How A Food Fight Turned Into Domestic Battery
A recently published article in WPTV News describes a curious little case that involved throwing food and domestic battery. A man accused of throwing a mustard-covered corn dog that hit his live-in girlfriend during a weekend quarrel faces misdemeanor charges, according to a recently released arrest affidavit.
Fort Pierce police arrested Tommie Lee Mckeliver, 48, on Saturday after his girlfriend told investigators he “got mad at her and threw a paper plate that contained a mustard covered State Fair corn dog on it.” The corn dog crashed into her chest area, leaving her “coated” in mustard.
“(The girlfriend) stunned by the situation then found herself being pushed out of the room, and (the) door locked behind her,” the affidavit states.
The alleged corn dog attack happened shortly before 2 p.m. at an apparent hotel in the 500 block of North Second Street.
Police knocked on the door of the room but got no response. The girlfriend said she could get a spare key from the hotel manager and opened the room. Mckeliver was seated and listening to headphones.
Police asked the accused corn dog chucker for his name.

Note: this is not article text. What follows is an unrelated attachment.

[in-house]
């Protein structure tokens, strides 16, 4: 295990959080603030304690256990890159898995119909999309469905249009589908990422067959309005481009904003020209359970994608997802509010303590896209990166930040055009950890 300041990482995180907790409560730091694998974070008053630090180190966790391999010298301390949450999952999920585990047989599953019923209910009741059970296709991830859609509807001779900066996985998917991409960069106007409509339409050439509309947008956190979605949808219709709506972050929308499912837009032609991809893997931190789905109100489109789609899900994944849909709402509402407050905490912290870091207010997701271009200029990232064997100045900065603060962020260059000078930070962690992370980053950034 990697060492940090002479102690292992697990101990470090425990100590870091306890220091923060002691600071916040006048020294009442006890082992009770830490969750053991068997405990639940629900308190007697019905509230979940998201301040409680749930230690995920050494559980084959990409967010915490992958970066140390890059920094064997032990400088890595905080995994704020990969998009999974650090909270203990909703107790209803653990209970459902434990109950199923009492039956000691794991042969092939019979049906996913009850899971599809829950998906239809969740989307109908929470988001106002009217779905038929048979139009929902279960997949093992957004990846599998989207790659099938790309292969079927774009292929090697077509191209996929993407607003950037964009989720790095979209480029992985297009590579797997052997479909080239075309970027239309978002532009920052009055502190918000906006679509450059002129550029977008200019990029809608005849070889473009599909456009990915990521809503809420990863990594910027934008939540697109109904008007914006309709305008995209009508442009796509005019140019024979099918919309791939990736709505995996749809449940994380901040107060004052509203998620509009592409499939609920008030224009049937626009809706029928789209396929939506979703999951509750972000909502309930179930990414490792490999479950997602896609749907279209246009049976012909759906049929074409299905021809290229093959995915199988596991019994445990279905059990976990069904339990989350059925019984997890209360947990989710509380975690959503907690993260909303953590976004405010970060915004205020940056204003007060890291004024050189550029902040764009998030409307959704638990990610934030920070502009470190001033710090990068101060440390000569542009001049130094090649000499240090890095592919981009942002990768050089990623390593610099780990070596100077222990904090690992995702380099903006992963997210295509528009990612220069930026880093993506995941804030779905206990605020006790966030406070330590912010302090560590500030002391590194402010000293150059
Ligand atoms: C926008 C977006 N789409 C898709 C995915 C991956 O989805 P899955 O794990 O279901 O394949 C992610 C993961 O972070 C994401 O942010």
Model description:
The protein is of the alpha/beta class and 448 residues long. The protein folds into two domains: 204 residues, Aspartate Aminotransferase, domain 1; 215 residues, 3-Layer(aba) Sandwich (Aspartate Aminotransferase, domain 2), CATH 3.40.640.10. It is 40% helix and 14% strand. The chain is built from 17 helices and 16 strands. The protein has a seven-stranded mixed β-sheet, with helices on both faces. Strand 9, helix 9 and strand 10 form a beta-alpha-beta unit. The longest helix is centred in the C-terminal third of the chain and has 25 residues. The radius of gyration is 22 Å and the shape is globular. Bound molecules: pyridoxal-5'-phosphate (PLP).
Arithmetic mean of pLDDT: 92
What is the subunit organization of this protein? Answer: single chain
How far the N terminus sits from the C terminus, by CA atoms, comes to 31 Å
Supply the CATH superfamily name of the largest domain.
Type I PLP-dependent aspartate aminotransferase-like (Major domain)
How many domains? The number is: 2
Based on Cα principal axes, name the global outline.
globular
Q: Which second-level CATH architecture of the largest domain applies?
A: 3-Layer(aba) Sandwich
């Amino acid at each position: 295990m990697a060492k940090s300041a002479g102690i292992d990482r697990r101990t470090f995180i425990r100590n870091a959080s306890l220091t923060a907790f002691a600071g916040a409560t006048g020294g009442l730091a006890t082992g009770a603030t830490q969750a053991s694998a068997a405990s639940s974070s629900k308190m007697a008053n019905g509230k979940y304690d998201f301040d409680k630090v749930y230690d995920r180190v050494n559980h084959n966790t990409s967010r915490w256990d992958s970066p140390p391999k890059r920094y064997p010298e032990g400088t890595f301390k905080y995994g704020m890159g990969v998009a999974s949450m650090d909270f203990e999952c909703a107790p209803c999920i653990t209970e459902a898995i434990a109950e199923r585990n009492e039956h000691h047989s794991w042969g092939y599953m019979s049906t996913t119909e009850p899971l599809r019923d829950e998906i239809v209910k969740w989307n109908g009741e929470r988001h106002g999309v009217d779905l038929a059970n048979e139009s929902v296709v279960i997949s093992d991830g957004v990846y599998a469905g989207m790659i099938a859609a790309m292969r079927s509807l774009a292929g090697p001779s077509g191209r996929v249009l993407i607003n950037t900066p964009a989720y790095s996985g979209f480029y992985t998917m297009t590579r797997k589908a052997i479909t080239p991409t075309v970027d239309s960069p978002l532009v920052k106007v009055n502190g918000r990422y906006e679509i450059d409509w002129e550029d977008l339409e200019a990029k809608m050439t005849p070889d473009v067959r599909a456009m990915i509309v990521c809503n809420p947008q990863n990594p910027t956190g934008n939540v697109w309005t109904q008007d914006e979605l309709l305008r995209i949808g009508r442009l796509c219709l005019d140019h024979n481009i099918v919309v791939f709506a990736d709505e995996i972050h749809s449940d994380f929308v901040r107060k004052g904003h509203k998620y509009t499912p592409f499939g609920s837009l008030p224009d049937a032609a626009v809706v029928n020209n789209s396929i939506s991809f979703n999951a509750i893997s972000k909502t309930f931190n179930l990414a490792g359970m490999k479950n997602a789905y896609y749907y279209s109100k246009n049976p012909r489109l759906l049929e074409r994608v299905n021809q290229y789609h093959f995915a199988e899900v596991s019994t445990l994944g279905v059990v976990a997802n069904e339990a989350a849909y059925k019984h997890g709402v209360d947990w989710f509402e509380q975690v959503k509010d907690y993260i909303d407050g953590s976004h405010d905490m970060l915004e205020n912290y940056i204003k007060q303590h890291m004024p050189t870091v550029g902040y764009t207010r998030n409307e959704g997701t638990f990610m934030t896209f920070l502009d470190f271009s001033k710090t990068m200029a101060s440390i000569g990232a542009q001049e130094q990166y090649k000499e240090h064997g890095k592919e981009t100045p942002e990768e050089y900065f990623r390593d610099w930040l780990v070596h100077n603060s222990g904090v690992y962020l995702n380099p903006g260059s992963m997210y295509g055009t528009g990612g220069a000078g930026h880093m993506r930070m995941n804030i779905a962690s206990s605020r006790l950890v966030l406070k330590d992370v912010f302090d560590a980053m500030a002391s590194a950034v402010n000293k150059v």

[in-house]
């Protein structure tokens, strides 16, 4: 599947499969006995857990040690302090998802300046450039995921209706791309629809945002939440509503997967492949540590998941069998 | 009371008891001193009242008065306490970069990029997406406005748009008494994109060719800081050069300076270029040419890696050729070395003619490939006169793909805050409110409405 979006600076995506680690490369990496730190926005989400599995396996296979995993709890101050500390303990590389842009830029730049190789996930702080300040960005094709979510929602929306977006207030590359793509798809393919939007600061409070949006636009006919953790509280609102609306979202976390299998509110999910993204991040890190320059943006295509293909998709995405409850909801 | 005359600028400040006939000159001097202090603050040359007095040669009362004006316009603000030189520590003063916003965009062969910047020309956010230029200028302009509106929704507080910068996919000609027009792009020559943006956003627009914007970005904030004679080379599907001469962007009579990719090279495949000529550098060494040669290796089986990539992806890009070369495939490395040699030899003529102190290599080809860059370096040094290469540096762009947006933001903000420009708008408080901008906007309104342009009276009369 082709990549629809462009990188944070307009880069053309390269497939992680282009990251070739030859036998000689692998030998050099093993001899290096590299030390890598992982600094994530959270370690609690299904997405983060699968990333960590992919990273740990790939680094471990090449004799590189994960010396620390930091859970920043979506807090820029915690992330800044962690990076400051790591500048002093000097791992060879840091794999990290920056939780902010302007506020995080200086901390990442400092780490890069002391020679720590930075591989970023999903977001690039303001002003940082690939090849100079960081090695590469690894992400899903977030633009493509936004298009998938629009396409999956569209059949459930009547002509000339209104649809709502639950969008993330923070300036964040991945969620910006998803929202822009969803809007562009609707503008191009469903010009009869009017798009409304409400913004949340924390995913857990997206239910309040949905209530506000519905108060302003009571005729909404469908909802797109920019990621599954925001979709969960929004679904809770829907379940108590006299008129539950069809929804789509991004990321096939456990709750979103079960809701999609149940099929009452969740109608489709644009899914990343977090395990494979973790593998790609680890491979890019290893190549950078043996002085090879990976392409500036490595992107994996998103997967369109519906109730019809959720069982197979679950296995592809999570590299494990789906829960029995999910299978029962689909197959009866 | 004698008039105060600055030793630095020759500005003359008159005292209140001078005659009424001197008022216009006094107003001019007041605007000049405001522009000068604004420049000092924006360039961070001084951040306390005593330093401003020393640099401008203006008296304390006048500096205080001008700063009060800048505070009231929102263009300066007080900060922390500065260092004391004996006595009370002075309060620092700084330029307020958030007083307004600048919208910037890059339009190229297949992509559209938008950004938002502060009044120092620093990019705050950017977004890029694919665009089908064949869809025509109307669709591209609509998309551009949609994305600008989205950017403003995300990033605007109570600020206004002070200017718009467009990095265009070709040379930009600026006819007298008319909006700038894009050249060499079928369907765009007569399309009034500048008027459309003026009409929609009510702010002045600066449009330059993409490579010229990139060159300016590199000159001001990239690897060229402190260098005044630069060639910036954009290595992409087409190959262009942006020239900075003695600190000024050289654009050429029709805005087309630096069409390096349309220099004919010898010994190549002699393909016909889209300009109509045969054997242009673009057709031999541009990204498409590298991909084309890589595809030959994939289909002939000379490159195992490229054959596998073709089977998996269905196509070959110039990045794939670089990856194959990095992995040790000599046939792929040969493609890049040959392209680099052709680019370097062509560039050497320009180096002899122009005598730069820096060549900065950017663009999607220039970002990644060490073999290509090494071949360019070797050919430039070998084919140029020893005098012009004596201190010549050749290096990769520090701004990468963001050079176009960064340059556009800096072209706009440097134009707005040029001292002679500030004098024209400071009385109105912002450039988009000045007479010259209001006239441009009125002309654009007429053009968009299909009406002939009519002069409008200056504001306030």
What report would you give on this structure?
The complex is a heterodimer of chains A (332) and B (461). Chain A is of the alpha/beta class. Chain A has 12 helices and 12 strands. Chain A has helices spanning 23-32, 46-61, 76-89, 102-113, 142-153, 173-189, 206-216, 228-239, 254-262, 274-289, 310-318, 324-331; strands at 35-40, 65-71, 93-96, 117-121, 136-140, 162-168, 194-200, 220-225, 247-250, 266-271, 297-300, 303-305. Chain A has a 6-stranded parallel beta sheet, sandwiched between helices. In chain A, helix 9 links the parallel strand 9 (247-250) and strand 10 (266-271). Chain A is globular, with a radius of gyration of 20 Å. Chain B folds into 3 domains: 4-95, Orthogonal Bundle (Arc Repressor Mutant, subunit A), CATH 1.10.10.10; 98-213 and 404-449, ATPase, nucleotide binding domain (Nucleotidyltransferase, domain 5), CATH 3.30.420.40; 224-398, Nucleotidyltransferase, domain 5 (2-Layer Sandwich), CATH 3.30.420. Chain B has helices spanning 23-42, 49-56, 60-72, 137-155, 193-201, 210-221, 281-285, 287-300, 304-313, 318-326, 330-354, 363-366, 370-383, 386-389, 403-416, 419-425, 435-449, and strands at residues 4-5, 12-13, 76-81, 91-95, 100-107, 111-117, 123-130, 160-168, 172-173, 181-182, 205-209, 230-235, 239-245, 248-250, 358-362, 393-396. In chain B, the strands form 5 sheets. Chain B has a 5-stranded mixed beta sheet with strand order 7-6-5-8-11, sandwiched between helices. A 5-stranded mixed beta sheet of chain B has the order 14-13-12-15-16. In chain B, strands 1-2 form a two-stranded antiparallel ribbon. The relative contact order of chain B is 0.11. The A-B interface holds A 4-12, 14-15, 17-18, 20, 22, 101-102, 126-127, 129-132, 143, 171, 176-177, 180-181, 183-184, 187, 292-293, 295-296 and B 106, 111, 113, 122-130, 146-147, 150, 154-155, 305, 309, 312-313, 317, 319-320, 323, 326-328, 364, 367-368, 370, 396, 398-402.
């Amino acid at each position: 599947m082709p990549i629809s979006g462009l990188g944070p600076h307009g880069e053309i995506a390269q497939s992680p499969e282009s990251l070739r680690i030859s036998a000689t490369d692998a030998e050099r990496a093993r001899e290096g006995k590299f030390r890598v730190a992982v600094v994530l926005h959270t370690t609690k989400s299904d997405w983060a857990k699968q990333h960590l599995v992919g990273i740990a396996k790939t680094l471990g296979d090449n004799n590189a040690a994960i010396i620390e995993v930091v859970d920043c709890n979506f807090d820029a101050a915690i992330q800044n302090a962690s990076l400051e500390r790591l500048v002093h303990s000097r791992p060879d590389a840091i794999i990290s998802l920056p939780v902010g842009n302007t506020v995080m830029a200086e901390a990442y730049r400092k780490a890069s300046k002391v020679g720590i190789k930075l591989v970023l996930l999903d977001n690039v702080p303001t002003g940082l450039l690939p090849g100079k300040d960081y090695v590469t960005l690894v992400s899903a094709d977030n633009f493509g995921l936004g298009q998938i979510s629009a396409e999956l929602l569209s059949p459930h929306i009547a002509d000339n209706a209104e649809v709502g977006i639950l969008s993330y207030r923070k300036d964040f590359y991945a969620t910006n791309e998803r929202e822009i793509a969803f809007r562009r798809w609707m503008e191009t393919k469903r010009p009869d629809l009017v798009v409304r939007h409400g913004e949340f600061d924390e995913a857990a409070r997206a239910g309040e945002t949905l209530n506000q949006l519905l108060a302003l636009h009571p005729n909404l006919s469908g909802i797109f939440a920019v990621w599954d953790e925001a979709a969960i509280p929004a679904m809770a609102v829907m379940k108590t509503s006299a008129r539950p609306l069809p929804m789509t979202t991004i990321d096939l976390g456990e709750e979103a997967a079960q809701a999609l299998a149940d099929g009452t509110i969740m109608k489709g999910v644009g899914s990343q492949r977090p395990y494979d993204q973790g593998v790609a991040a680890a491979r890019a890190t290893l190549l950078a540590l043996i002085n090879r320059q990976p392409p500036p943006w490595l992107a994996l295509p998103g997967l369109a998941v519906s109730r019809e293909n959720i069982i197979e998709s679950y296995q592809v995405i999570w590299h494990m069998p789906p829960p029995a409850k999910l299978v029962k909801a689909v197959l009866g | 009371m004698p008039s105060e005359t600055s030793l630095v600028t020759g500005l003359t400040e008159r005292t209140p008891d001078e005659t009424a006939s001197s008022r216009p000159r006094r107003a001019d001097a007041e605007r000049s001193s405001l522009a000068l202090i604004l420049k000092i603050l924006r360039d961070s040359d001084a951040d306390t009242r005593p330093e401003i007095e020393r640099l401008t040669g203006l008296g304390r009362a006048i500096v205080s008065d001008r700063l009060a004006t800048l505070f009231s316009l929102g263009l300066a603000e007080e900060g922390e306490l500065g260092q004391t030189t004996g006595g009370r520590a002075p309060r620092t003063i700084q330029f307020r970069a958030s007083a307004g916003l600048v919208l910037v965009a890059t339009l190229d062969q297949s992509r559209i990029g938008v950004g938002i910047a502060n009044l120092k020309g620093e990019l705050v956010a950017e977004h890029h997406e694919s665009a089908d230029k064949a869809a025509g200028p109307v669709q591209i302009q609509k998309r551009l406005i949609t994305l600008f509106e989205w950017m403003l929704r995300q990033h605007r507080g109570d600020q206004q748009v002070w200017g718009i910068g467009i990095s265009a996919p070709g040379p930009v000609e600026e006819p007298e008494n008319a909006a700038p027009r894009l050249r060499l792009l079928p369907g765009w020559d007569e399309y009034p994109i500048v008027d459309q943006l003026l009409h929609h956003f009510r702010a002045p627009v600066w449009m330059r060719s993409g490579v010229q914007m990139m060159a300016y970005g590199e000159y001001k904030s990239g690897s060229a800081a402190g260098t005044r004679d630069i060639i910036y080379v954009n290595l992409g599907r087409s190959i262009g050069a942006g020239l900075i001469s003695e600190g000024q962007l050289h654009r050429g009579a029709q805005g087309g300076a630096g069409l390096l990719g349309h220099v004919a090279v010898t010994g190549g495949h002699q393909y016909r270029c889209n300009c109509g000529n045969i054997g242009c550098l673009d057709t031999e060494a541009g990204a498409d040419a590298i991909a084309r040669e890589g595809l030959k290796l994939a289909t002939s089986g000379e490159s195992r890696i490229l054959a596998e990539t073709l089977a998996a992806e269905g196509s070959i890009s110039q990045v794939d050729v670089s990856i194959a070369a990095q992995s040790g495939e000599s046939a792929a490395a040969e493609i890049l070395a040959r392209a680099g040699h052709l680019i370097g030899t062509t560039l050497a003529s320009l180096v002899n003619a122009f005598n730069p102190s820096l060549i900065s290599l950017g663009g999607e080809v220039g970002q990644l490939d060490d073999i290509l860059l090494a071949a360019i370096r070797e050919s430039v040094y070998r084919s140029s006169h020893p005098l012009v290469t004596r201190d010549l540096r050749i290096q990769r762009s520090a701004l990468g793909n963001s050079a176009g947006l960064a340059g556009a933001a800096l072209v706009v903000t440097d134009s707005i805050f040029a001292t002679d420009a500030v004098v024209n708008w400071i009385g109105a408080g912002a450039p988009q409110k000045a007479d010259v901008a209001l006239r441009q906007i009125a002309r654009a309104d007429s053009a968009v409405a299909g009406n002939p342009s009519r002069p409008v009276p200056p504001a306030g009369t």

“(Expletive) you you fat white (expletive) ies ant gunna tell you my name,” Mckeliver is quoted as saying. Mckeliver never supplied police with his name, but an intake deputy at the St. Lucie County jail recognized him.
Mckeliver, of the 500 block of North Second Street, was arrested on misdemeanor charges including domestic battery and resisting without violence.
On a more serious note, domestic violence cases involve charges of assault and battery against a familial relation or a person who lives with you, such as a wife, child, husband, boyfriend, girlfriend, mother, or father. Domestic violence is a first-degree misdemeanor, which would result in a permanent criminal record if you are convicted.
Many domestic violence cases can be resolved without a criminal record if your criminal defense lawyer has you immediately enroll in an anger management program or battery intervention program (BIP) and refrain from harmful contact with the victim. This can result in the charge being dismissed or “nolle prosed” without a conviction or a criminal record.